This is not the case with nokogiri; in fact, it is just the opposite—the small acute point is hanging out on a thin, hardened, long tooth, which has been bent over slightly by a hammer. One tooth alone is unsupported and unguided. The duller the teeth, the more support and guidance is needed. A sharp saw needs to have about twenty teeth in the wood and the more acute the geometry, the harder and drier the wood, the more teeth are needed. And where there are multiple cutters lined up in a row, the problem of harmonic amplification (and distortion) becomes a factor. In a disposable blade saw, this condition feels like the saw is bouncing and hopping instead of cutting. If you get this all the time, you need another disposable blade. With a sharp, hard-bodied Shindo or Miyano nokogiri, the stiffer body signals you before this actually happens, and is a warning sign you should heed immediately. It means you are about to pull some teeth, knock off a chunk, or bend your sawback out of line. If you get this from a sharp saw, stop and look over what you’re doing. You might need to point up your teeth (something any woodworker can do, and analogous to sharpening a plane or chisel blade), or, if you have done this several times already, you should visit or send your saw to a metate. If your sawing is not fun and satisfying—meaning not accurate, not smooth, and the saw bounces or wanders off the line—then there is probably something wrong with your saw.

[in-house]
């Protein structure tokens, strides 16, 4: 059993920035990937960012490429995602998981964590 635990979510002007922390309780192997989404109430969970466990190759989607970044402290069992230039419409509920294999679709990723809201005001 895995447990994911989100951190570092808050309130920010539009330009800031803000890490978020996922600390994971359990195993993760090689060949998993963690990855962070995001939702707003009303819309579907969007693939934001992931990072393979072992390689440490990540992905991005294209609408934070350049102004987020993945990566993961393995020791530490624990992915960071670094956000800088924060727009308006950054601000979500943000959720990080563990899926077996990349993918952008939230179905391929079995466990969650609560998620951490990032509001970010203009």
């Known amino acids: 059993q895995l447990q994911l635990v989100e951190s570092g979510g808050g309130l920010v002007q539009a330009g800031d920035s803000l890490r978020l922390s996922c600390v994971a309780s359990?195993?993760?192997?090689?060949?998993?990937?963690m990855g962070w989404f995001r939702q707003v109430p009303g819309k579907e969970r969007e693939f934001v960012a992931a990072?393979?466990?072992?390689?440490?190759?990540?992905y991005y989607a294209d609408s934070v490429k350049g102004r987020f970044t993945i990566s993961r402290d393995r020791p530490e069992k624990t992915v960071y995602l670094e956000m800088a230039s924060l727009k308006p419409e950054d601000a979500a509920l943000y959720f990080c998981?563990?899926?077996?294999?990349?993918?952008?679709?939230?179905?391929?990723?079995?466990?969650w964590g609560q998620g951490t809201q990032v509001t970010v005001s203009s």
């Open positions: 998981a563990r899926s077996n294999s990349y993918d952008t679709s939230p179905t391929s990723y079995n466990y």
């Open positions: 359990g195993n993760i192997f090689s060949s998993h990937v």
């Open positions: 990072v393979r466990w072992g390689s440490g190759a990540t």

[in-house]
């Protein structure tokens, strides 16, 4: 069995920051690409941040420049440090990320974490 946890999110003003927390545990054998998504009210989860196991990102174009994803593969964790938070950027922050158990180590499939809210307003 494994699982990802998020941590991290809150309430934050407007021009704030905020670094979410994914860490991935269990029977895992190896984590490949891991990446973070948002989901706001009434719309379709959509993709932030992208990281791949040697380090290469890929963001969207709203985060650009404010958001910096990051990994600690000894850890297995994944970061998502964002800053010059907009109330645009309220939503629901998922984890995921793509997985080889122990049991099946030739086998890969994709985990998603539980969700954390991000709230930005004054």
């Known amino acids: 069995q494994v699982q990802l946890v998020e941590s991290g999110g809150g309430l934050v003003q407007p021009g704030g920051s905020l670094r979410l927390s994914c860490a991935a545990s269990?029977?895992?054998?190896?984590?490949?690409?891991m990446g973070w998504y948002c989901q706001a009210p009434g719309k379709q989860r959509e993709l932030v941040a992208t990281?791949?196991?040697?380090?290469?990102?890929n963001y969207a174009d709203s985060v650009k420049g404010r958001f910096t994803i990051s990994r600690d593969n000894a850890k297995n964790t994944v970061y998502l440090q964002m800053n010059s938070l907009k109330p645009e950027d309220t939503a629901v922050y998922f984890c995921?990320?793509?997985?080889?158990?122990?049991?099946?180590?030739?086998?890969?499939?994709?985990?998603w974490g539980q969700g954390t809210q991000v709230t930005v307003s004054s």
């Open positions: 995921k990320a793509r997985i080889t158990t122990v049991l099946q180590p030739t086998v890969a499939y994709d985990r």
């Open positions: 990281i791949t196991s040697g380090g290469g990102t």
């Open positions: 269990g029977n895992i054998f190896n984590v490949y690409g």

A sharp nokogiri should be started into the cut precisely and used with little hand pressure being applied. Use your off-hand thumb as a guide against the layout line, and position yourself to the workpiece with your eyes on either side of the cutline and the socket joint of your saw arm centered on the line. Keep one eye on the near end of the layout line as you pull the saw along right over the line. In this way, you create in your mind’s eye a two-dimensional plane which extends 2-3 feet in all directions from the layout lines, and the saw is congruent with the plane. As you move it back and forth, keeping it in this plane, its teeth will open a clear path for the body of the blade. Some dozuki can split a line made with a knife, producing a cut surface requiring no further adjustment. With these nokogiri, efficiency and elegance become indistinguishable. If you can use this dozuki, you really have developed a true feel and appreciation of wood. Such nokogiri have no set, and so must be flat and straight. Their blades are very thin and can warp from realignment or excessive pressure being applied in the kerf. Because the blades are very thin and the teeth are extremely small, such extra hand pressure only amplifies the force on the teeth. They can jam into the wood pores themselves and possibly twist or break-off. All Japanese saws are raked so that each following tooth along the cutting edge is automatically lower and engaging with the wood as the saw is pulled. This design feature helps reduce the need (and tendency) to put pressure on the saw to help it cut. The saw is only going to cut so fast, and that is determined primarily by the size and shape of the teeth. Large teeth generally cut faster but leave a rougher cut on the surface. But this again is an area where better metate pays off. Proper flattening and tensioning of the blade can be done so that less set (a smaller kerf cut) or no set can be used. On wetter woods, more set is required because of the swelling action of the moisture in the wood cells. Kiln-dried and cured wood responds in a much more stable and precise manner. There are saw sharpeners and saw makers. A saw maker forges the steel into a thin blade, usually in a stack of 3-5 at a time.